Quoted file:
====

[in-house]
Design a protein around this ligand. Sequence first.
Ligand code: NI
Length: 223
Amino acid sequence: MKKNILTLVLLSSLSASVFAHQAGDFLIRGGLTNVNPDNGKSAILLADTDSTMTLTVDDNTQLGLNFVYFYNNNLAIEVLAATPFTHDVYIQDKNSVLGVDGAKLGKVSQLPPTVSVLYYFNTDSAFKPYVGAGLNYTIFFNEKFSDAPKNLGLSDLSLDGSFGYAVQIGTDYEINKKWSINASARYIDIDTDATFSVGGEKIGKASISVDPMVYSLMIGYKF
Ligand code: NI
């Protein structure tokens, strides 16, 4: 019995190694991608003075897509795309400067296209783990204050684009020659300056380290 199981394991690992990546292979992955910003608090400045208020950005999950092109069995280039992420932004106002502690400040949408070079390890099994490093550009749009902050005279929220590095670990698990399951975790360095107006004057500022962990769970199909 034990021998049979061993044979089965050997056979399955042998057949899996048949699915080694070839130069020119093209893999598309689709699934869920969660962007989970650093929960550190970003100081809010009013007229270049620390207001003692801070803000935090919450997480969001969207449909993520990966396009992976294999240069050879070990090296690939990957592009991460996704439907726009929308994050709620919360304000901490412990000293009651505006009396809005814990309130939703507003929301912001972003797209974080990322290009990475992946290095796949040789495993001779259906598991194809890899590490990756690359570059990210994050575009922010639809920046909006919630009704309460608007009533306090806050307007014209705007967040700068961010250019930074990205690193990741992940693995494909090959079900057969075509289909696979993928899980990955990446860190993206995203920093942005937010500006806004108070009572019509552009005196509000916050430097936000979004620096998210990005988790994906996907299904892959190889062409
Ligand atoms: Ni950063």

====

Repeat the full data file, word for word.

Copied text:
[in-house]
Design a protein around this ligand. Sequence first.
Ligand code: NI
Length: 223
Amino acid sequence: MKKNILTLVLLSSLSASVFAHQAGDFLIRGGLTNVNPDNGKSAILLADTDSTMTLTVDDNTQLGLNFVYFYNNNLAIEVLAATPFTHDVYIQDKNSVLGVDGAKLGKVSQLPPTVSVLYYFNTDSAFKPYVGAGLNYTIFFNEKFSDAPKNLGLSDLSLDGSFGYAVQIGTDYEINKKWSINASARYIDIDTDATFSVGGEKIGKASISVDPMVYSLMIGYKF
Ligand code: NI
């Protein structure tokens, strides 16, 4: 019995190694991608003075897509795309400067296209783990204050684009020659300056380290 199981394991690992990546292979992955910003608090400045208020950005999950092109069995280039992420932004106002502690400040949408070079390890099994490093550009749009902050005279929220590095670990698990399951975790360095107006004057500022962990769970199909 034990021998049979061993044979089965050997056979399955042998057949899996048949699915080694070839130069020119093209893999598309689709699934869920969660962007989970650093929960550190970003100081809010009013007229270049620390207001003692801070803000935090919450997480969001969207449909993520990966396009992976294999240069050879070990090296690939990957592009991460996704439907726009929308994050709620919360304000901490412990000293009651505006009396809005814990309130939703507003929301912001972003797209974080990322290009990475992946290095796949040789495993001779259906598991194809890899590490990756690359570059990210994050575009922010639809920046909006919630009704309460608007009533306090806050307007014209705007967040700068961010250019930074990205690193990741992940693995494909090959079900057969075509289909696979993928899980990955990446860190993206995203920093942005937010500006806004108070009572019509552009005196509000916050430097936000979004620096998210990005988790994906996907299904892959190889062409
Ligand atoms: Ni950063």